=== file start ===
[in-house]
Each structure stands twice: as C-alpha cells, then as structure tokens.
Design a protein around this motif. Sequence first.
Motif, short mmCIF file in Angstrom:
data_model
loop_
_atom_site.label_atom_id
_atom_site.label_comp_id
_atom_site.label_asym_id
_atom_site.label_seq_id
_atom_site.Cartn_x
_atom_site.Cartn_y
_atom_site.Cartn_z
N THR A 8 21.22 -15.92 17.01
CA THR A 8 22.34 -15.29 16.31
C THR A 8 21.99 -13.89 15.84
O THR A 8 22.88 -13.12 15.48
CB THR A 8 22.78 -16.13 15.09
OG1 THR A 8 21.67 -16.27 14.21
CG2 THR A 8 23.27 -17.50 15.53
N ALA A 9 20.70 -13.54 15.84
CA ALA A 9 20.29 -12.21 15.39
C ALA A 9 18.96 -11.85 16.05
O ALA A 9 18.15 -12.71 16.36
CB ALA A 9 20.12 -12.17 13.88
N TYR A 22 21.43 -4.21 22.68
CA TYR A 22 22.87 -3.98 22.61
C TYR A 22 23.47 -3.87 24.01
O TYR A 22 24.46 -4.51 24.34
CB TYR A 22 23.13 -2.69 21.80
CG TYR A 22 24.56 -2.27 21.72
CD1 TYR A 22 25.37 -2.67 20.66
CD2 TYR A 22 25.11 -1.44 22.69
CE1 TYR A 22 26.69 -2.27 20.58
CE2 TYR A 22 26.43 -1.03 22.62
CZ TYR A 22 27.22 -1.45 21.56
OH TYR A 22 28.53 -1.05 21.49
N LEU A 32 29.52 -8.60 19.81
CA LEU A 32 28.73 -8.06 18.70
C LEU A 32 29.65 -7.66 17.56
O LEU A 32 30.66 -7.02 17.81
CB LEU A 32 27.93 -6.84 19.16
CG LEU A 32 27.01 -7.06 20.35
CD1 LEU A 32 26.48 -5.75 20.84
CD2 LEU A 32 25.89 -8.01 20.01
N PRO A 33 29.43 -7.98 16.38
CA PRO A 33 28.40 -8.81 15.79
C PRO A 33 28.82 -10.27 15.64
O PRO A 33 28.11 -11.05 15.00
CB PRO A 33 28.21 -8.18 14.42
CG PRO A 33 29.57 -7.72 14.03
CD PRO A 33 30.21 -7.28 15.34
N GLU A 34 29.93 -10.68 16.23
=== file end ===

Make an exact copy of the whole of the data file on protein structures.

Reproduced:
[in-house]
Each structure stands twice: as C-alpha cells, then as structure tokens.
Design a protein around this motif. Sequence first.
Motif, short mmCIF file in Angstrom:
data_model
loop_
_atom_site.label_atom_id
_atom_site.label_comp_id
_atom_site.label_asym_id
_atom_site.label_seq_id
_atom_site.Cartn_x
_atom_site.Cartn_y
_atom_site.Cartn_z
N THR A 8 21.22 -15.92 17.01
CA THR A 8 22.34 -15.29 16.31
C THR A 8 21.99 -13.89 15.84
O THR A 8 22.88 -13.12 15.48
CB THR A 8 22.78 -16.13 15.09
OG1 THR A 8 21.67 -16.27 14.21
CG2 THR A 8 23.27 -17.50 15.53
N ALA A 9 20.70 -13.54 15.84
CA ALA A 9 20.29 -12.21 15.39
C ALA A 9 18.96 -11.85 16.05
O ALA A 9 18.15 -12.71 16.36
CB ALA A 9 20.12 -12.17 13.88
N TYR A 22 21.43 -4.21 22.68
CA TYR A 22 22.87 -3.98 22.61
C TYR A 22 23.47 -3.87 24.01
O TYR A 22 24.46 -4.51 24.34
CB TYR A 22 23.13 -2.69 21.80
CG TYR A 22 24.56 -2.27 21.72
CD1 TYR A 22 25.37 -2.67 20.66
CD2 TYR A 22 25.11 -1.44 22.69
CE1 TYR A 22 26.69 -2.27 20.58
CE2 TYR A 22 26.43 -1.03 22.62
CZ TYR A 22 27.22 -1.45 21.56
OH TYR A 22 28.53 -1.05 21.49
N LEU A 32 29.52 -8.60 19.81
CA LEU A 32 28.73 -8.06 18.70
C LEU A 32 29.65 -7.66 17.56
O LEU A 32 30.66 -7.02 17.81
CB LEU A 32 27.93 -6.84 19.16
CG LEU A 32 27.01 -7.06 20.35
CD1 LEU A 32 26.48 -5.75 20.84
CD2 LEU A 32 25.89 -8.01 20.01
N PRO A 33 29.43 -7.98 16.38
CA PRO A 33 28.40 -8.81 15.79
C PRO A 33 28.82 -10.27 15.64
O PRO A 33 28.11 -11.05 15.00
CB PRO A 33 28.21 -8.18 14.42
CG PRO A 33 29.57 -7.72 14.03
CD PRO A 33 30.21 -7.28 15.34
N GLU A 34 29.93 -10.68 16.23